your dog’s disease, and response to treatment, are unique
A veterinarian conversant with lymphosarcoma can classify your dog’s disease and discuss treatment options, likely side effects, and expected survival times. But even if your veterinarian is a board certified veterinary oncologist, he or she can’t know exactly what will happen in your dog’s case. For example, Berry’s cancer cells were unusual and difficult to type. Dr. Barber could not say for certain whether these cells were a very aggressive or a more "indolent" type, but recommended that we proceed on the assumption Berry had the more virulent form. Only after remission was achieved was she able to confirm that we were dealing with the more indolent type.
Check the Owners’ sites in our Links section. While there is a fairly limited group of chemotherapy drugs for canine lymphoma, you will see different treatment "protocols" – plans to administer selected group of drugs in a predetermined sequence.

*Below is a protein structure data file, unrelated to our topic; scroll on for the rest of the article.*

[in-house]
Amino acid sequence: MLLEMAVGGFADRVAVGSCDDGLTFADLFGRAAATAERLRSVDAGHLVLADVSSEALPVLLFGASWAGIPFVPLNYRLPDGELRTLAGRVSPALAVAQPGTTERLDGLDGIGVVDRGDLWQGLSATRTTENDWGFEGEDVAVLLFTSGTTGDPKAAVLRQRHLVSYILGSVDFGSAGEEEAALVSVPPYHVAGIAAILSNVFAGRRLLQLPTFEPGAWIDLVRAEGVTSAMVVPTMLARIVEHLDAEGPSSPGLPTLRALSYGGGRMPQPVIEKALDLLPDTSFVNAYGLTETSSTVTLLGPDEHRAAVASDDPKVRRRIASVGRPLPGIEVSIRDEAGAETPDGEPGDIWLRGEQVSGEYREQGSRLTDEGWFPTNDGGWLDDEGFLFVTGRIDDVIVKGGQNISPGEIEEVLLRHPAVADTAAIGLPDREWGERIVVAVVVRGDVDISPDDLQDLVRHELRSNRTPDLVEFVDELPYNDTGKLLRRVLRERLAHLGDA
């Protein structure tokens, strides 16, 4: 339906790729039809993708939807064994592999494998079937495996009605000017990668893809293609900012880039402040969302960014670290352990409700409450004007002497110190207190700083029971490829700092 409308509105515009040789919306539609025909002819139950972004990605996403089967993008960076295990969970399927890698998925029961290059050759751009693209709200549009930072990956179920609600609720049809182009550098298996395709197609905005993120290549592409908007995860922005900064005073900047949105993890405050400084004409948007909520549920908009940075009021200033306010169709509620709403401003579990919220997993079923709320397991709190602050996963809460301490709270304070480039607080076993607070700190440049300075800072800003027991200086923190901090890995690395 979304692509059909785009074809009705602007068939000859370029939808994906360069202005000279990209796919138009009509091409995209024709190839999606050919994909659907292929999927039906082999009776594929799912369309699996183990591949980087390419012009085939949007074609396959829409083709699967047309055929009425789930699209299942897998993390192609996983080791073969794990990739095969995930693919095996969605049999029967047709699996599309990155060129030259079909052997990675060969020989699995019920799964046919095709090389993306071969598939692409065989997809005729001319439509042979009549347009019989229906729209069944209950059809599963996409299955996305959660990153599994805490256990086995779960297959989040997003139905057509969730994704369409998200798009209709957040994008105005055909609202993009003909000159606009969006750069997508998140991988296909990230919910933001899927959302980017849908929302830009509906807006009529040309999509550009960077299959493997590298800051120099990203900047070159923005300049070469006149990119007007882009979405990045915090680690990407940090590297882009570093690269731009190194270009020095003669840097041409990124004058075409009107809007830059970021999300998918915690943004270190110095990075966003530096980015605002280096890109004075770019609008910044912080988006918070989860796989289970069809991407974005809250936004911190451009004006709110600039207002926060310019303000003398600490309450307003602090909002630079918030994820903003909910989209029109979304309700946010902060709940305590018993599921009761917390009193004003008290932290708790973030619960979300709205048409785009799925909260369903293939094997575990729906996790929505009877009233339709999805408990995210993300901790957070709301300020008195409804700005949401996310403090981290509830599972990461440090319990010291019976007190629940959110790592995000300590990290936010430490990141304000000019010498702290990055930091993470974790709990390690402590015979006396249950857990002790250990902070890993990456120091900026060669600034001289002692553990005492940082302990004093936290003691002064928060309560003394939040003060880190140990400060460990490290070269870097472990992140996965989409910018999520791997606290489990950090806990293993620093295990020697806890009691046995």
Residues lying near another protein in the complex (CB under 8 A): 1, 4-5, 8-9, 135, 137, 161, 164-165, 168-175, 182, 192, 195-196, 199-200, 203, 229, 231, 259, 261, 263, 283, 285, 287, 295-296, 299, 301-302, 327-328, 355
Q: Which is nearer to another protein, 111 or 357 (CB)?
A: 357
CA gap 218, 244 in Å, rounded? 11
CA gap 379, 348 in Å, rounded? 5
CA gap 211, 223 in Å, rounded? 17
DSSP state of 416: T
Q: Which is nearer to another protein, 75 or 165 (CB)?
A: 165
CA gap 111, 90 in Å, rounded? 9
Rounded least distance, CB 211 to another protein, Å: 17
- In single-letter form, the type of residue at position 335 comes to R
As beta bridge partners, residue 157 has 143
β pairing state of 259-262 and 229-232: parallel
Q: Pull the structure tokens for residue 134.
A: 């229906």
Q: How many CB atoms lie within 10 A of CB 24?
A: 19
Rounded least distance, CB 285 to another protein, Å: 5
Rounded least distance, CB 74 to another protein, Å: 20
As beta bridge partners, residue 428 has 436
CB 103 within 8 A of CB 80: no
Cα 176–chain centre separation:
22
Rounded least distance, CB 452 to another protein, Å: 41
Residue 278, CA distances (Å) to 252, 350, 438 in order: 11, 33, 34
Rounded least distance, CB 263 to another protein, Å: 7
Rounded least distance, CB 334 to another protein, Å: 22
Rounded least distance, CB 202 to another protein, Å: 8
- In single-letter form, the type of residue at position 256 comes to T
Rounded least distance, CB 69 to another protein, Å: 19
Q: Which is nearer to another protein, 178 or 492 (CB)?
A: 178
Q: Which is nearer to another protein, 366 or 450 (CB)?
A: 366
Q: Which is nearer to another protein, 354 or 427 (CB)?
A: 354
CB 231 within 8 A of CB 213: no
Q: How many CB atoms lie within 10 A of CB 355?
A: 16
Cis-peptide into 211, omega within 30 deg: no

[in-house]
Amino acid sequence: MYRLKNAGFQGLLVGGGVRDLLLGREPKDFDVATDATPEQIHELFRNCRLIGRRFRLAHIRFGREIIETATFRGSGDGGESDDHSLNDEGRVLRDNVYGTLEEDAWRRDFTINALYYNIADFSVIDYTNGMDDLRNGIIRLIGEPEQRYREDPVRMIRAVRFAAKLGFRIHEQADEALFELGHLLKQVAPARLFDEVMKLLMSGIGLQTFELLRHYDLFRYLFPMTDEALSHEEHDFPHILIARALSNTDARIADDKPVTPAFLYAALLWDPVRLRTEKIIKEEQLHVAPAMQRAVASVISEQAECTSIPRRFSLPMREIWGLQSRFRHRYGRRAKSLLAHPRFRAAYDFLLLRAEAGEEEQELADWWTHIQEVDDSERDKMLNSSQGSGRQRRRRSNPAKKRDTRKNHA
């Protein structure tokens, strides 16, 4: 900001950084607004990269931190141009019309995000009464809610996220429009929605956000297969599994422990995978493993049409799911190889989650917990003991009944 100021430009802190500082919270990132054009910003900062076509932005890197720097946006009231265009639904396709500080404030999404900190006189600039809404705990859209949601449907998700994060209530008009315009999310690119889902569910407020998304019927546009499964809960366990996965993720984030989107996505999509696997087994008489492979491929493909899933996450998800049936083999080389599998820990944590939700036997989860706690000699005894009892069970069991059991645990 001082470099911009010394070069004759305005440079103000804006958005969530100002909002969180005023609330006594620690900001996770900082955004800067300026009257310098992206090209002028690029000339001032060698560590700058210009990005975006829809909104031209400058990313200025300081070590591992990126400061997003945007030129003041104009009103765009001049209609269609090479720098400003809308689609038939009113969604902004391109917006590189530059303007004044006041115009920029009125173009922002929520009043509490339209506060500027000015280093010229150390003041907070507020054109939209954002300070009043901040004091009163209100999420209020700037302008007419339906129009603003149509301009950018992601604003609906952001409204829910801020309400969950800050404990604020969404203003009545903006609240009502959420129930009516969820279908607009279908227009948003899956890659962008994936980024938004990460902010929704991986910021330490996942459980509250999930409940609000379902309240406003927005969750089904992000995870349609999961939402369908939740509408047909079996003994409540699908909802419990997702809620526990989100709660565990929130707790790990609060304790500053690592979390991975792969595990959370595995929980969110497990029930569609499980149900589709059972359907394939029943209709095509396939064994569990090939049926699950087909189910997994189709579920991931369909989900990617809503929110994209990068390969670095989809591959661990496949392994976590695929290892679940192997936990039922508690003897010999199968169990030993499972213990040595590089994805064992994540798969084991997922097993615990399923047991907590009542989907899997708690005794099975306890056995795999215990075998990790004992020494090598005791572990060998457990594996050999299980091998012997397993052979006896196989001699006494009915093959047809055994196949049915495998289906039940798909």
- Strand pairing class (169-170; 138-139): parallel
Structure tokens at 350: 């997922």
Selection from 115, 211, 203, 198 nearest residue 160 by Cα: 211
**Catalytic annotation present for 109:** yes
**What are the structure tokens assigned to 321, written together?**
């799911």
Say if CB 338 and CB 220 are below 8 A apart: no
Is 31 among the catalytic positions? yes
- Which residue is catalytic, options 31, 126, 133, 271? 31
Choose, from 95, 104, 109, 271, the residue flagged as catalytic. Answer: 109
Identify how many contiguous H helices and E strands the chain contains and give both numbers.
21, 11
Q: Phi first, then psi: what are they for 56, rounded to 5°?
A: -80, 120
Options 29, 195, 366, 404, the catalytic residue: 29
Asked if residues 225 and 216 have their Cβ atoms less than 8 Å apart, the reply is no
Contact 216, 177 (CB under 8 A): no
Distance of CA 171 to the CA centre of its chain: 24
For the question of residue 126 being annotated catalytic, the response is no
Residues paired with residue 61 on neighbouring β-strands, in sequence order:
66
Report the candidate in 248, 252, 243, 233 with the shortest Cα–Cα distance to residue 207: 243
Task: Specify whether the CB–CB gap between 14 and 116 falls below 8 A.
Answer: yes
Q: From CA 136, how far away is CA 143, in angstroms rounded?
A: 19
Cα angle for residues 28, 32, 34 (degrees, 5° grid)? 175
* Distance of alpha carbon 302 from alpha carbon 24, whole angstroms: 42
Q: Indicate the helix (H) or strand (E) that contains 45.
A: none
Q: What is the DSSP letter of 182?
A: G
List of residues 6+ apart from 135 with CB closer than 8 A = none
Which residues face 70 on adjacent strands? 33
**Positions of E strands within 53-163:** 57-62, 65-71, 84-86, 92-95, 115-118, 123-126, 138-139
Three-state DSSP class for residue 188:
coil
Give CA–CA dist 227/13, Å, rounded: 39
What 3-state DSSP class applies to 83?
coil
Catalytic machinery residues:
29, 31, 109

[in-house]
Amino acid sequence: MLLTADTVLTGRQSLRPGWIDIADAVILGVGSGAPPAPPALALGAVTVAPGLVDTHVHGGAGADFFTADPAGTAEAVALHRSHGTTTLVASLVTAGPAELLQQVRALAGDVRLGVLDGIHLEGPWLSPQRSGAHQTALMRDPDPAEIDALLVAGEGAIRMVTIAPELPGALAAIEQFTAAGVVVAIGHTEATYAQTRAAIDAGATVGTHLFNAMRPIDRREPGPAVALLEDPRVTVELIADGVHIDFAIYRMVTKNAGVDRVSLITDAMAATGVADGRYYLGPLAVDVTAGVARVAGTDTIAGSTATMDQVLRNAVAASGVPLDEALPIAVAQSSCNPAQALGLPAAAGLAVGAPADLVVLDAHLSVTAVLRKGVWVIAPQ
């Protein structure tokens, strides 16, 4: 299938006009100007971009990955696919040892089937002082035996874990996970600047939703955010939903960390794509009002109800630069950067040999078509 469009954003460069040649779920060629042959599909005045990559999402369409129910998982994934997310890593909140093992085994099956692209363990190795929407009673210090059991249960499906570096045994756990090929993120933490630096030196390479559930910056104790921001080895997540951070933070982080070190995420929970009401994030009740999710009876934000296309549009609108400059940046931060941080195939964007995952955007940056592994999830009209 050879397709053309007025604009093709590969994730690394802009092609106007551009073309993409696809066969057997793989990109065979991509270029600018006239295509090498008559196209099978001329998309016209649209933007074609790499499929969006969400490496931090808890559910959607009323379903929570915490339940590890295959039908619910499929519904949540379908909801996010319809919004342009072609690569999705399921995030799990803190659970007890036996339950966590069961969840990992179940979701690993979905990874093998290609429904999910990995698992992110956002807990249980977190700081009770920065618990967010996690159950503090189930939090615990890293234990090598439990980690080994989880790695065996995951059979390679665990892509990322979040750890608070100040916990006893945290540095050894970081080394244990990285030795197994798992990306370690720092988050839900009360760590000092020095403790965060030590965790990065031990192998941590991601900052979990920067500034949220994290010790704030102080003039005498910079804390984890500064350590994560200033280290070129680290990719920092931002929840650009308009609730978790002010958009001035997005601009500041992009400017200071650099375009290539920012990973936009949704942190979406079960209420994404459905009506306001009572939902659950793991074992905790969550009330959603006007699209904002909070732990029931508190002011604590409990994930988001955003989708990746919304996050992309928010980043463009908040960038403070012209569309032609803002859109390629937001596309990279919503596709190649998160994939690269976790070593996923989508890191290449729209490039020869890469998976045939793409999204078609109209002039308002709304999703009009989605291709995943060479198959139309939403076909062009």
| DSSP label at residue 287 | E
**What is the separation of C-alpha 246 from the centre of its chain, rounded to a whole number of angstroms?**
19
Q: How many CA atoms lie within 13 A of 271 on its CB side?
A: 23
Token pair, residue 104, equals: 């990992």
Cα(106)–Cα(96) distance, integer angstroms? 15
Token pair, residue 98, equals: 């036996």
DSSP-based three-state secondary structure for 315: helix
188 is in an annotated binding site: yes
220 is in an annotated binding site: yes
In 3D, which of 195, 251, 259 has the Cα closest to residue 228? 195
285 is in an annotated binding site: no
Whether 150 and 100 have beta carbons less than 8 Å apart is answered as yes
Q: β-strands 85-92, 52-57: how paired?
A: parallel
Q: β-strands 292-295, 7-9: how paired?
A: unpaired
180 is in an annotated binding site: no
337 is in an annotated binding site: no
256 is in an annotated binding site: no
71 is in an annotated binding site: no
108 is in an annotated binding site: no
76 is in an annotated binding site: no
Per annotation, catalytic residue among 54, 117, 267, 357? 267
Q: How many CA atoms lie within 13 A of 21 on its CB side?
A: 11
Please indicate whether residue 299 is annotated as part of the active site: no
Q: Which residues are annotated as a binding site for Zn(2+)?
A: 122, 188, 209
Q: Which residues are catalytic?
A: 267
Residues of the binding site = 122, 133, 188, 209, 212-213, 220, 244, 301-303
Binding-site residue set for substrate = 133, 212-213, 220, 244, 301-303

An oncologist will select a protocol based on his or her training, experience and professional perspective; on your dog’s particular type of lymphoma; and, as time passes, on reactions, if any, to drugs. And two dogs may have different reactions to the same drug. Berry struggled with vincristine; other dogs have problems with Cytoxan or other drugs. You will see how owners approach their pet’s treatment differently, including dietary changes and holistic medicine.